Tin Lizard Tales: Reflections from a Train

10 customer reviews
ISBN-13: 978-1432712549
ISBN-10: 1432712543
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Product Details

  • Paperback: 348 pages
  • Publisher: Outskirts Press (September 8, 2007)
  • Language: English
  • ISBN-10: 1432712543
  • ISBN-13: 978-1432712549
  • Product Dimensions: 6 x 0.8 x 9 inches
  • Shipping Weight: 1 pounds (View shipping rates and policies)
  • Average Customer Review: 4.1 out of 5 stars  See all reviews (10 customer reviews)
  • Amazon Best Sellers Rank: #4,531,913 in Books (See Top 100 in Books)

More About the Author

I was born and raised in Kern County, California. My wife and I were high school sweethearts, married young, and have spent 60 years making each other happy. Well, at least, I have no complaints. She might have a couple. We have three living children and lost a 24-year old son, Michael, in a motorcycle accident. Our son, Sky, is the oldest and an attorney in Portland, Oregon. The oldest daughter, Cheryl, is a court reporter, also in Portland, and the youngest daughter, Laura, is in real estate in Ventura, California. We have 4 grandsons, 3 granddaughters, 2 great grandsons, and a great granddaughter; all are the joys of our life. After a brief time working in electronics, I joined the Kern County Fire Department and retired after 31 years as Chief Deputy Fire Chief. My wife and I both retired in 1994 and spend our time with hobbies, traveling, and the family. It's a wonderful life. The publishing of my first book, TIN LIZARD TALES: REFLECTIONS FROM A TRAIN, is probably the single most exciting event of my life (except for meeting Carol).

Customer Reviews

Most Helpful Customer Reviews

10 of 10 people found the following review helpful By Mr. Joe TOP 1000 REVIEWER on March 6, 2008
Format: Paperback
Author Schuyler Wallace is an ex-paramedic and retired fire chief who, with wife Carol, sets out on a 30-day railway transit of the United States and Canada using the North American Rail Pass. Both are in their eighth decade; Schuyler lacks rose-colored glasses and Carol is short on bladder capacity. TIN LIZARD TALES is Wallace's narrative of the journey. The book is written:

"FOR CAROL: Wife, best friend, and fantastic traveling companion."

Any man with such a pal is blessed beyond measure.

The couple's odyssey takes them from their home in Bakersfield (CA) to Sacramento, across the Sierra Nevada Mountains and Rockies to Fort Morgan (CO), onwards to Naperville (IL) and Chicago, Erie (PA), New York City, Washington (DC), Niagara Falls, Toronto, back west across Canada through Sudbury and Edmonton to Vancouver (BC), then home via Seattle, Portland and Sacramento. A route map, which would have added a nice visual element, is, sadly, not included.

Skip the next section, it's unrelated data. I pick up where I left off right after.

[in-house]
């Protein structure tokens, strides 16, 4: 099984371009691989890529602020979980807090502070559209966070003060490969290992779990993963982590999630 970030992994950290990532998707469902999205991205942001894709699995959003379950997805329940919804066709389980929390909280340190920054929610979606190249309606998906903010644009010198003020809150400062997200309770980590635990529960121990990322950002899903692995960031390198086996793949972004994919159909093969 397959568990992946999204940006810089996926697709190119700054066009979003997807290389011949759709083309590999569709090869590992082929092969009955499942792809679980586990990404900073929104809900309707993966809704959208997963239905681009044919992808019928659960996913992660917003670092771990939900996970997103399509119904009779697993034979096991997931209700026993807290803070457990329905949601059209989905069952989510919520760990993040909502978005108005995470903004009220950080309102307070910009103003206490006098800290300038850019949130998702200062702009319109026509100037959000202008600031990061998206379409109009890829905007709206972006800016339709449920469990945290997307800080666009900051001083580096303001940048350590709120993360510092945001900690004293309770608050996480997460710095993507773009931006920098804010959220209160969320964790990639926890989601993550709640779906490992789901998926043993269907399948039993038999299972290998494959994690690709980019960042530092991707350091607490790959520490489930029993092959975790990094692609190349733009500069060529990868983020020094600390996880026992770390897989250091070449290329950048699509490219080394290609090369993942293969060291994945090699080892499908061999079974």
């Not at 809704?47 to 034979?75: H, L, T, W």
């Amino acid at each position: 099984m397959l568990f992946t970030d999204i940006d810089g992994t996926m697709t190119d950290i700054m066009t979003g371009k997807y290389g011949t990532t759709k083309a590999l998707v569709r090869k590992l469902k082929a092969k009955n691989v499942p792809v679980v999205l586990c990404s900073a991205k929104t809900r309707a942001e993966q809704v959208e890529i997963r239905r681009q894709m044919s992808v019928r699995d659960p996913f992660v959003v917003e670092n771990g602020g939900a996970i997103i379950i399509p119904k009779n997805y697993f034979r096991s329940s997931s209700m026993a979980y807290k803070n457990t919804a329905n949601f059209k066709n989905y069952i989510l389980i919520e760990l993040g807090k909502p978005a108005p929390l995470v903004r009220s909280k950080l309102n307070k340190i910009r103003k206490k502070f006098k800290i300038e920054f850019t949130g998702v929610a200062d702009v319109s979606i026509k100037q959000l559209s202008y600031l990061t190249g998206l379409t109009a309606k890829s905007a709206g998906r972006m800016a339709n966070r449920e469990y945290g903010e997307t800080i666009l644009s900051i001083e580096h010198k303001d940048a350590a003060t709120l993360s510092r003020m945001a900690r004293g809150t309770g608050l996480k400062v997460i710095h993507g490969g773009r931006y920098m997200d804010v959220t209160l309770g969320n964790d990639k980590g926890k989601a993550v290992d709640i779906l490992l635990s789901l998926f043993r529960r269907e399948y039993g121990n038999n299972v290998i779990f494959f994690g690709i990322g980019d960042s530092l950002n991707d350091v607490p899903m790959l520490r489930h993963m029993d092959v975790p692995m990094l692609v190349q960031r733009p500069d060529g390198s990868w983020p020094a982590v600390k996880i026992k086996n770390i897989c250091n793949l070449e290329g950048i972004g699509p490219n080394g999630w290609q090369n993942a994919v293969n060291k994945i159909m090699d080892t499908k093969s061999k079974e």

The primary destinations of interest, based on the amount of dedicated text, were Chicago, New York, Washington, Niagara Falls, and Toronto. The author took voluminous notes along the way, which allowed him to describe their perambulations in those places almost step by step as well as their meals dish by dish. Both Schuyler and Carol like their chow.
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5 of 5 people found the following review helpful By Susanna Hutcheson TOP 1000 REVIEWER on February 18, 2008
Format: Paperback
When I was a young girl, I used to ask my mother if we could "go to town and watch the people." I enjoyed wondering about them. Who they were. Where they were going. What they were thinking.

Well, I thought this book might be something like that. But it turns out it's mostly a sort of travelogue. Not that there's anything wrong with that, as they say on Seinfeld. It was more about places and structures than about people.

I noticed too that much of the book was written in the passive tense, which sort of takes the energy from any writing.

I gave the book three stars because I think the author made a fine effort for his first book and it deserves a read. But I would like to see less writing about places and more about people. I'd prefer more crisp writing too.